During the past two decades, learning executives have persuaded U.S. corporations to double their annual spending on various forms of leadership development to $14 billion. Yet over that same period, public confidence in leadership has dropped considerably. According to a 2012 poll by The Center for Public Leadership at Harvard University, 70 percent of Americans believe there is a leadership crisis that will lead to a national decline unless we find better leaders.
Many leaders, including some in the learning profession, recognize the problem. A 2011 survey by consultancy Development Dimensions International Inc. of 14,320 executives reported that 38 percent of line leaders and 25 percent of HR leaders gave their organizations high ratings for leadership and only 32 percent and 18 percent, respectively, thought their organizations had the necessary bench strength to meet future business needs.
That leadership development is broken seems to be an open secret. In a 2013 survey by research firm Brandon Hall Group of 329 organizations, 75 percent of respondents described their leadership development programs as ineffective. What accounts for this disconnect between money spent on leadership development and leadership performance?
A Way Out of Darkness
Six problems undermine leadership learning and development initiatives, and these problems flow from deeply held convictions reinforced by so-called best practices.
The evaluation problem. It is a dirty little secret that leadership development programs are rarely evaluated in a meaningful way. They are typically evaluated byasking participants how much they liked or benefited from it, or by using metrics such as how many directors received 360 feedback, how many managers watched an e-learning module and so on. But the real question is whether programs produce positive changes in behavior and financial results.
Thousands of leadership development programs are delivered in the U.S. every year, but a 2009 review article by Bruce Avolio and colleagues published in The Leadership Quarterly could only locate the results of 200 programs that were formally evaluated. Two-thirds of these programs were found to have positive outcomes. Because these programs likely were better designed and delivered than those not evaluated, the overall failure rate for the typical leadership program is probably higher than 1 in 3.
Learning leaders normally use evaluations to justify return on investment, but evaluations also can be used to improve programs. Without formal evaluation, many programs will use questionable methods, and no industry is more susceptible to fads than leadership development.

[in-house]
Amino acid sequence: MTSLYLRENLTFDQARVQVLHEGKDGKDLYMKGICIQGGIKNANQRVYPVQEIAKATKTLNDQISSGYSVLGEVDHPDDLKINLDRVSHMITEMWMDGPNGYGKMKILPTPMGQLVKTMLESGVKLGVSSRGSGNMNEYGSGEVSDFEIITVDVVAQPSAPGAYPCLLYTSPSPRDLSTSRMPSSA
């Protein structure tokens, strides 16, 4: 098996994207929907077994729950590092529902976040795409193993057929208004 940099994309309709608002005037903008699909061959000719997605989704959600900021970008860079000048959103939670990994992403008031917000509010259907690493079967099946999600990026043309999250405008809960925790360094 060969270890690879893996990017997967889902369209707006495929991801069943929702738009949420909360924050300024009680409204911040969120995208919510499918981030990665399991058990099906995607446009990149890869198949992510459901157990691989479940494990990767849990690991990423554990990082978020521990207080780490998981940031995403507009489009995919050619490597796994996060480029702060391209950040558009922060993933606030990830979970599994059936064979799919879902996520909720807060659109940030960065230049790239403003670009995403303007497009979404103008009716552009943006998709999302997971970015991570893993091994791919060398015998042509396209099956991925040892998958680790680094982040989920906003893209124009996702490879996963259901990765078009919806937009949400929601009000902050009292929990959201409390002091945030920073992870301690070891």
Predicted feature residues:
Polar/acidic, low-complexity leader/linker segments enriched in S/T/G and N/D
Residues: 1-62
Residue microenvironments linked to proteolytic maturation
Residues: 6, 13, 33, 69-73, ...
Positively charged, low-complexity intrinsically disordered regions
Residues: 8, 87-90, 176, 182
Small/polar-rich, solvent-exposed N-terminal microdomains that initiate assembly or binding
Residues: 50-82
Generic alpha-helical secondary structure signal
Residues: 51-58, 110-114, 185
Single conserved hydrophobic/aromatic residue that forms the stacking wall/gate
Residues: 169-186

The definition problem. Evaluation requires specifying desired outcomes, and this requires defining leadership correctly. Unfortunately, leadership is most often defined by a position — Marissa Mayer is the leader of Yahoo Inc., or the senior vice president of marketing is the leader of that group. This confuses status in organizations with leadership, and many senior managers are better at promoting their careers than they are at leading.
Competency models also can be used to define leadership. But competency models are idiosyncratic lists of skills and abilities composed by asking senior managers what is needed to lead in particular jobs. Because few senior managers are good leaders, asking them about effective leadership is like asking a doctor for investment advice. He or she probably has an opinion, but it may not be a good one.
Teams are the building blocks of organizations. The essence of leadership is persuading individuals to work together to achieve a common goal. Thus, many believe leadership should be defined as the ability to build and guide teams that outperform the competition. Leadership development programs should be constructed from this perspective and should be evaluated in terms of whether they help leaders build high-performing teams.
The people problem. Many of the people who attend leadership development programs are drawn to high-status and high-paying leadership positions, but they have little talent for leading a team. These people fall into three broad types: savvy politicians who can play the game; technically competent individual contributors; and ambitious people who are also arrogant, defensive, incapable of self-reflection, and not open to learning and growing. As a result, many people who attend leadership development programs lack the motivation and interest to do the hard work and learn how to lead a high-performing team.
Organizations need to rethink who they send to leadership development programs. They should focus on identifying individuals with people skills who are also team-oriented, results-driven and curious learners. It would also help to screen out self-promoters, satisfied technical experts and those unable to change.